That compared with 16 million barrels for the whole of last year, data compiled by Reuters shows.

The White House said Mr Biden would “continue our close consultations on the consequences of Russia’s brutal war against Ukraine and mitigating its destabilising impact on global food supply and commodity markets”.

Daleep Singh, US Deputy National Security Adviser for International Economics, who visited India recently, said the US will not set any “red line” for India on its energy imports from Russia but does not want to see a “rapid acceleration” in purchases.

Austrian chancellor to face Putin

Austrian Chancellor Karl Nehammer visiting the site of a mass grave in the Ukrainian town of Bucha, near Kyiv. Photo: Getty

Austrian Chancellor Karl Nehammer will be the first European Union leader to have a face-to-face meeting with Vladimir Putin in Moscow.

The Austria Press Agency reported that Mr Nehammer told reporters in Vienna on Sunday he planned to make the journey to Russia on Monday.

It follows a trip on Saturday to Kyiv, where he met Ukrainian President Volodymyr Zelensky.

APA reported that Mr Nehammer aims to encourage dialogue between Ukraine and Russia and also address Russian “war crimes” in his meeting with Mr Putin.

Austria is a member of the European Union and has backed the 27-member bloc’s sanctions against Russia although it so far has opposed cutting off deliveries of Russian gas.

The country is militarily neutral and is not a member of NATO.

Mr Nehammer said he was taking the trip on his own initiative and that he had consulted with the European Union’s top officials.

He said that he also informed Mr Zelensky and German Chancellor Olaf Scholz.

Pope urges Easter truce

Pope Francis has called for an Easter truce in Ukraine and condemned the “folly of war” as he led Palm Sunday services in St. Peter’s Square before an audience of tens of thousands of people.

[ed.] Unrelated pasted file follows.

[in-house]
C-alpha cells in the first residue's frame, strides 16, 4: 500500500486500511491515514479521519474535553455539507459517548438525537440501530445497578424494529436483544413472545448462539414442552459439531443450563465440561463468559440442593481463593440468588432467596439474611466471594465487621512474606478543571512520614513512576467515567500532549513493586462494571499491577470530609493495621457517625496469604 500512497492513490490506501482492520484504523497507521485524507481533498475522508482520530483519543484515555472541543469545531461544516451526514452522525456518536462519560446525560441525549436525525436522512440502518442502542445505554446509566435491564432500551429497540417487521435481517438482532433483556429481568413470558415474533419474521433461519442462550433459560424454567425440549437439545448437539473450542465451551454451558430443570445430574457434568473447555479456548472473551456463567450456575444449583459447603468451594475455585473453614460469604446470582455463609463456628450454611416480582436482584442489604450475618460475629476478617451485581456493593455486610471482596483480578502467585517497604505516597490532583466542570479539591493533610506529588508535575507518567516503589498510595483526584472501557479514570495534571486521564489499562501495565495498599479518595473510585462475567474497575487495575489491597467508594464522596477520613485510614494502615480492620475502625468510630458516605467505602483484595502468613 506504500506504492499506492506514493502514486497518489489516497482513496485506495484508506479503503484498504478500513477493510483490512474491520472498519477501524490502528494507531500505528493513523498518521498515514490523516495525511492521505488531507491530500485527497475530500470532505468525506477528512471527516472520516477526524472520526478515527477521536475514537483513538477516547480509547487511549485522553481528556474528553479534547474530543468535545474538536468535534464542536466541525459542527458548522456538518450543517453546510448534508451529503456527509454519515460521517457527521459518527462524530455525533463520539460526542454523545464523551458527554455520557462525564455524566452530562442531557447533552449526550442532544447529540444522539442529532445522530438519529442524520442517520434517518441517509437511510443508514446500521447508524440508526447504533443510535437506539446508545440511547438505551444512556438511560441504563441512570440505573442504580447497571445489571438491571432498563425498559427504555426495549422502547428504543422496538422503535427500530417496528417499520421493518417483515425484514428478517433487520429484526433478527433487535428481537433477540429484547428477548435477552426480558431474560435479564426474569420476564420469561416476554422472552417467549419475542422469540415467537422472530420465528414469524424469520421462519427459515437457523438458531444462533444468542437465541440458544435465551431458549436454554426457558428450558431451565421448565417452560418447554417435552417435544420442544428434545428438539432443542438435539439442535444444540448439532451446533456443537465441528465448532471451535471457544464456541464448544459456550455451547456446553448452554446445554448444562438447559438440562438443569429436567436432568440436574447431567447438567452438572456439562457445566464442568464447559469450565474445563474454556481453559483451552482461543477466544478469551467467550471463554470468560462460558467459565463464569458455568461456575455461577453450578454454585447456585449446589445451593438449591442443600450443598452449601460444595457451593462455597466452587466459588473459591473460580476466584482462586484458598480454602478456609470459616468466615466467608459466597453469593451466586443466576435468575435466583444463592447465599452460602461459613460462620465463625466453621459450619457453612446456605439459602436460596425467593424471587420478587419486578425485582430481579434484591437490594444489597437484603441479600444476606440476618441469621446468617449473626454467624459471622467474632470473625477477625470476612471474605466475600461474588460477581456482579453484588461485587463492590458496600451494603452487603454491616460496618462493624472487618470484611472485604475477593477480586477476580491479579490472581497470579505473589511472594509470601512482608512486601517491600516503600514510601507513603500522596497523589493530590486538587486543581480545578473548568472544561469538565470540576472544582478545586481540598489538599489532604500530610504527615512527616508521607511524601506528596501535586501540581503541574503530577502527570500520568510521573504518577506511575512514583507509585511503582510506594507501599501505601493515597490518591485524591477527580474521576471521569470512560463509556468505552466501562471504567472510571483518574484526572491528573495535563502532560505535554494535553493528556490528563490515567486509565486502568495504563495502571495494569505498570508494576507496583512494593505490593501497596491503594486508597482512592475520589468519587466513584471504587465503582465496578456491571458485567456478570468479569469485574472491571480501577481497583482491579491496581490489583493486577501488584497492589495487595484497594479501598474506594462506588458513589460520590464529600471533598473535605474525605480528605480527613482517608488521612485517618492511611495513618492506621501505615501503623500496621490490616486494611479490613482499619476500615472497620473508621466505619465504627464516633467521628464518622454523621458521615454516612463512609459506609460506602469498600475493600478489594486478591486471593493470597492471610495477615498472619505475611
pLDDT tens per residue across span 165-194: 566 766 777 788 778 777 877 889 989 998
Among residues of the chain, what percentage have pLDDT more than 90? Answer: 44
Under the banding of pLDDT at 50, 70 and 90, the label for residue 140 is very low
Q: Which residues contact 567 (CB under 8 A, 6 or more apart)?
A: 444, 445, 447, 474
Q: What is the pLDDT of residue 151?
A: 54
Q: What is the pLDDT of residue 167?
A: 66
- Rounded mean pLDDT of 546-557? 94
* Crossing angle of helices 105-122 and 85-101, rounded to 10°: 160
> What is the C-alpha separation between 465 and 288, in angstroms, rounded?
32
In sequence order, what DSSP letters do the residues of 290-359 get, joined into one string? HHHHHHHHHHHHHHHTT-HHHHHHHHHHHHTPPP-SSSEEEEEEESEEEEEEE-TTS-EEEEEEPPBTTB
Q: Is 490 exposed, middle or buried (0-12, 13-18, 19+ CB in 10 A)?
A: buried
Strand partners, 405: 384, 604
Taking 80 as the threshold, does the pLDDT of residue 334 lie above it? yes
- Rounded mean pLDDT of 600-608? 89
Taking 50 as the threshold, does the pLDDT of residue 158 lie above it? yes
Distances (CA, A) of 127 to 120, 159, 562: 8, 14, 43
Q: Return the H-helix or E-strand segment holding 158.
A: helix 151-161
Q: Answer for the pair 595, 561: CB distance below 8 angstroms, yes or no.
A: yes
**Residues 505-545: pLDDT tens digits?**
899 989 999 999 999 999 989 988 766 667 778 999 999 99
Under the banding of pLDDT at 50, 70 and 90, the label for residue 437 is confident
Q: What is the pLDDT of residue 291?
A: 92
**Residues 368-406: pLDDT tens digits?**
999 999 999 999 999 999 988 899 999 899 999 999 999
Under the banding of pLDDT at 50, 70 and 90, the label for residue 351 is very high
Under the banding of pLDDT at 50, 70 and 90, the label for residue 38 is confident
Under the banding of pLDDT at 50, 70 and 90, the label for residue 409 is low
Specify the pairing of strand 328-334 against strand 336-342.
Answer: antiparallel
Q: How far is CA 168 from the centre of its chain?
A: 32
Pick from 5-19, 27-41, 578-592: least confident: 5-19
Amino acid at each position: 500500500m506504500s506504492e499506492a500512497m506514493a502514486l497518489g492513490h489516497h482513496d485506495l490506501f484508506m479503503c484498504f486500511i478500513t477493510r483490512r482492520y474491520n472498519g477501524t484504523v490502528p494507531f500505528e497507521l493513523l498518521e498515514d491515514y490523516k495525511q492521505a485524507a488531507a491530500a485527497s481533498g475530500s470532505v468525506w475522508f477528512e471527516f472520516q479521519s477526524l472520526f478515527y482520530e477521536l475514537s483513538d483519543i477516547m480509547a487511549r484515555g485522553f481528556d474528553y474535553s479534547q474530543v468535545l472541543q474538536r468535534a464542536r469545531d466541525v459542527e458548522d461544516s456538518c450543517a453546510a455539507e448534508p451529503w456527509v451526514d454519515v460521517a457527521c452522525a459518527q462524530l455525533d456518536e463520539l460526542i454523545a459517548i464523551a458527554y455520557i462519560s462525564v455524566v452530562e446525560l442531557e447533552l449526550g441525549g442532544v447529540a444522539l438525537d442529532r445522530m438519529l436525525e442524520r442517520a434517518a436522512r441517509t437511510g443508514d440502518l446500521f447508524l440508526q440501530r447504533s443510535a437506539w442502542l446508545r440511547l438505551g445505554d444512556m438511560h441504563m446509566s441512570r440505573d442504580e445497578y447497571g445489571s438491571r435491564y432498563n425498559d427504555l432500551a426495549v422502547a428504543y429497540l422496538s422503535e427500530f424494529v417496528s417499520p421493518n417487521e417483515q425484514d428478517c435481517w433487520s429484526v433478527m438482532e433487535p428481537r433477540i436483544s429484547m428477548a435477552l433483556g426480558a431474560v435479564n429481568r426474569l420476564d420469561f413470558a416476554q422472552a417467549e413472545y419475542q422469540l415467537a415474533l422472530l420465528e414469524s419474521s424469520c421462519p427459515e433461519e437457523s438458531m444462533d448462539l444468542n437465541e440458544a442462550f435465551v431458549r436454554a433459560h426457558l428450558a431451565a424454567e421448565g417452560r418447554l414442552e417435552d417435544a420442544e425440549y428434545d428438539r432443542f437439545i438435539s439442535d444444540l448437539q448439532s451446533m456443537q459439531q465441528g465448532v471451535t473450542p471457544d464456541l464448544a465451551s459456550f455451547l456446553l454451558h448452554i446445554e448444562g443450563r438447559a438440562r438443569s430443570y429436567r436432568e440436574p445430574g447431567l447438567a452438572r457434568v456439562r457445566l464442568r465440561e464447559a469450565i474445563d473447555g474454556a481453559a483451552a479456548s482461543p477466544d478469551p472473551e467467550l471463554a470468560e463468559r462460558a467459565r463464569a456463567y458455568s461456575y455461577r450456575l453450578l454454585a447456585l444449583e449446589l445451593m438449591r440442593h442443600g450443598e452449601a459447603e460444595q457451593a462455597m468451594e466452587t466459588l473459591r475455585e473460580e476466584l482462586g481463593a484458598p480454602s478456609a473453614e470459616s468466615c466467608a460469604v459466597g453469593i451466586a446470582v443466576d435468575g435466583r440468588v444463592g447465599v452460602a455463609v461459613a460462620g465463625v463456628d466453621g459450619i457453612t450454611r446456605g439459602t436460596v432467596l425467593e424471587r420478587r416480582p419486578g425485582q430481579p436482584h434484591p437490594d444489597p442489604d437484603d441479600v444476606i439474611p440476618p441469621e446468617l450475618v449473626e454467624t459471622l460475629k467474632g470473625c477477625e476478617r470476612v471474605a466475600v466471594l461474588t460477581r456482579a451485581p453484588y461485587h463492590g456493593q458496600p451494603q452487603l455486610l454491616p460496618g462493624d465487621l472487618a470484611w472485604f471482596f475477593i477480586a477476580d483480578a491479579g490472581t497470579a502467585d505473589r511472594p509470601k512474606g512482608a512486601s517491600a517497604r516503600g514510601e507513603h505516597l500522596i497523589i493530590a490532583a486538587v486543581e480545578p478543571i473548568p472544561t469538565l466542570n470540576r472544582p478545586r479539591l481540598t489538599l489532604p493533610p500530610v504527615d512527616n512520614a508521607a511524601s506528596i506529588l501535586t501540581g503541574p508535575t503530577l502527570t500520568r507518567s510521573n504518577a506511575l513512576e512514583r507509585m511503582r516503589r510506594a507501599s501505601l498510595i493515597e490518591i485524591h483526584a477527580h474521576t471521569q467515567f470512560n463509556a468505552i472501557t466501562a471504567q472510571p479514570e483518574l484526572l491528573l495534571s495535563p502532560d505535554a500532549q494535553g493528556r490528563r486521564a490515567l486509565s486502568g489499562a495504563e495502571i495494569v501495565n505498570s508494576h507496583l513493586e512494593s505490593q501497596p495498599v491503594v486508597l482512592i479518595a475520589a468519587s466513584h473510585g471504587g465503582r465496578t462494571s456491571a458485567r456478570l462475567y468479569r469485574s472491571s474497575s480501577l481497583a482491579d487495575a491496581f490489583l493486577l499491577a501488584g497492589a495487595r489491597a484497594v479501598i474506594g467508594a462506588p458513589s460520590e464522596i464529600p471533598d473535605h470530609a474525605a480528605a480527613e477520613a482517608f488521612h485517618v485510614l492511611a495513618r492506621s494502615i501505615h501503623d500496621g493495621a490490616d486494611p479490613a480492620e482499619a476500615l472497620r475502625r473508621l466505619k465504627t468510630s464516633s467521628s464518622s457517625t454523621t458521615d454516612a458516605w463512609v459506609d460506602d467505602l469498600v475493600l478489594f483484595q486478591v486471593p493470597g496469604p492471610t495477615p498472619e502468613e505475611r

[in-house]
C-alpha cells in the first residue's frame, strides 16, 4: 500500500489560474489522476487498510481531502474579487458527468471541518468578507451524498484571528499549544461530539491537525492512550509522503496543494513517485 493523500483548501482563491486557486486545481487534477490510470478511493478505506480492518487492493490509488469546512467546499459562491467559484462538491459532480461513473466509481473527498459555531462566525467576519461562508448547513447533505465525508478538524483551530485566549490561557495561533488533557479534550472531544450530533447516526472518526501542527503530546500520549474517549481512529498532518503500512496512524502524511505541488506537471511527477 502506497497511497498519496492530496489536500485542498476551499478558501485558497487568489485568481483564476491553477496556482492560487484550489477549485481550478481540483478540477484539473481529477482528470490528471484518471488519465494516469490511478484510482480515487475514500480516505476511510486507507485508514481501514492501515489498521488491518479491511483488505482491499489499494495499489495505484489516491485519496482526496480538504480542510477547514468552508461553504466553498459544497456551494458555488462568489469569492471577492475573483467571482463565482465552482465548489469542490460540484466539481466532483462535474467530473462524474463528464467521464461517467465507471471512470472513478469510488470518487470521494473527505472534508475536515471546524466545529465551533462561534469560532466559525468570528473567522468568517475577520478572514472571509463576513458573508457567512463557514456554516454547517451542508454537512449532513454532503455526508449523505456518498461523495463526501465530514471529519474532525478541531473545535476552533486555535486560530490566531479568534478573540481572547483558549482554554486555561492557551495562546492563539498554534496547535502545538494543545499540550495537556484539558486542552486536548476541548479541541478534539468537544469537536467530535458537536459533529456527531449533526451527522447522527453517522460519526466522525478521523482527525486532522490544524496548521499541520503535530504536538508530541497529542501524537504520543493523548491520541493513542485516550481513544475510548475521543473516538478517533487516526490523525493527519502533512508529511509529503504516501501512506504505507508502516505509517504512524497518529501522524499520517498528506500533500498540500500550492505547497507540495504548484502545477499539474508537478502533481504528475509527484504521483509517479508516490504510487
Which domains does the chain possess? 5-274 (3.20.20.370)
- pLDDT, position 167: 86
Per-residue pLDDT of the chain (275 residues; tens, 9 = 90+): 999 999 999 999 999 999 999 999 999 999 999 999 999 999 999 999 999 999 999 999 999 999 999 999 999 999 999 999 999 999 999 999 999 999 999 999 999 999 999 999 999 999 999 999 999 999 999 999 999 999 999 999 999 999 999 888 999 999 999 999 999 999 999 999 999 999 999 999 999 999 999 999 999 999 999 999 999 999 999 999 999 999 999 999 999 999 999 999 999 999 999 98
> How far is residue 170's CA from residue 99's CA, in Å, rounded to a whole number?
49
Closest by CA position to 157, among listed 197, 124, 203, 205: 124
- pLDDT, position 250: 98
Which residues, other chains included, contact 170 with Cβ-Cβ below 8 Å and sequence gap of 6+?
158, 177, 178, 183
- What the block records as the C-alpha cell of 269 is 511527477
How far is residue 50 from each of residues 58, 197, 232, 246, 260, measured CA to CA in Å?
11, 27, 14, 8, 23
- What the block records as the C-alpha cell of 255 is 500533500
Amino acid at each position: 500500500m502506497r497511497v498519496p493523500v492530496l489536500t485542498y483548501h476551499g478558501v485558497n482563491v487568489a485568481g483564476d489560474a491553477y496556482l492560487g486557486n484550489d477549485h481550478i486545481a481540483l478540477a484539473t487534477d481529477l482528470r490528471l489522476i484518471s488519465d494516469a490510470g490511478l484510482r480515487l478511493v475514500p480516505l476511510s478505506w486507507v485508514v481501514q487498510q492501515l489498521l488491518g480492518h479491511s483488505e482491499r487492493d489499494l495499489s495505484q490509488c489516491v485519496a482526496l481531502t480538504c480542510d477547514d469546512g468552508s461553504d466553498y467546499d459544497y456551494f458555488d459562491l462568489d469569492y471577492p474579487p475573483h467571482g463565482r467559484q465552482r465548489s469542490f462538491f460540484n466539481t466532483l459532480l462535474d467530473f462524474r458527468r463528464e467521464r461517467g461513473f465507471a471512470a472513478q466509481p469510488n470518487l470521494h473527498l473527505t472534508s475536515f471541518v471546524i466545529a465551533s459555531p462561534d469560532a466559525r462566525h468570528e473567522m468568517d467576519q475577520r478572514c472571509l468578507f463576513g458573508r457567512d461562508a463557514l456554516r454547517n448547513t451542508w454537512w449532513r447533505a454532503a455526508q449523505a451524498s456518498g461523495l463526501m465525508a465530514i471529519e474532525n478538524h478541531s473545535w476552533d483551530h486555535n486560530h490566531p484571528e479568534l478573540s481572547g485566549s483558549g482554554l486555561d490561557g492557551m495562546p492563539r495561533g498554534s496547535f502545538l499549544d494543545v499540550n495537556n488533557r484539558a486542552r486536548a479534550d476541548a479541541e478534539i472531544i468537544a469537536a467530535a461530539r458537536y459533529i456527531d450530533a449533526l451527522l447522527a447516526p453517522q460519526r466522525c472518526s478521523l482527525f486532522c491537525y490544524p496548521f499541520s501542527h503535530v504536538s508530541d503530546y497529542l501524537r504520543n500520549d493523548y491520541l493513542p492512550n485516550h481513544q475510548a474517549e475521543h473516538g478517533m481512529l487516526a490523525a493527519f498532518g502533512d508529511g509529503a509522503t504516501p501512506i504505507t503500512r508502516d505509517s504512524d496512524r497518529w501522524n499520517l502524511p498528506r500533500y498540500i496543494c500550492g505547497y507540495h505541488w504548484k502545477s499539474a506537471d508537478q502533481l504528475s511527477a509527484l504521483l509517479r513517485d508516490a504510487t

He also urged negotiations to find a solution to the conflict. In an apparent reference to Russia, he said: “What kind of victory would be one that plants a flag on a heap of rubble?”

Francis spoke at the end of a Palm Sunday service, the first since 2019 in which the public had been allowed back in the square following two years of scaled-back services because of COVID-19 restrictions.

People around the world are standing with Ukraine, including mums in Poland. Photo: Getty

Some in the crowd put small Ukrainian flags at the tip of olive branches and a woman who read one of the prayers near the altar was dressed in the flag’s blue and yellow colours.

“Put the weapons down! Let An Easter truce start. But not to rearm and resume combat but a truce to reach peace through real negotiations open to some sacrifices for the good of the people,” Francis said.

Francis earlier evoked the horrors of war in his homily, speaking of “mothers who mourn the unjust death of husbands and sons … refugees who flee from bombs with children in their arms … young people deprived of a future …. soldiers sent to kill their brothers and sisters.”

Since the war began, Francis has only mentioned Russia specifically in prayers, such as during a global event for peace on March 25.

But he has referred to Russia by using terms such as invasion and aggression.

Palm Sunday commemorates the day the Gospel says Jesus rode into Jerusalem on a donkey and was hailed by the people, only to be crucified five days later.

It marks the start of Holy Week leading up to Easter Sunday in the Roman Catholic Church on April 17 this year.

Ukraine is predominantly Orthodox. Orthodox Christians celebrate Easter a week later, on April 24.

-with AAP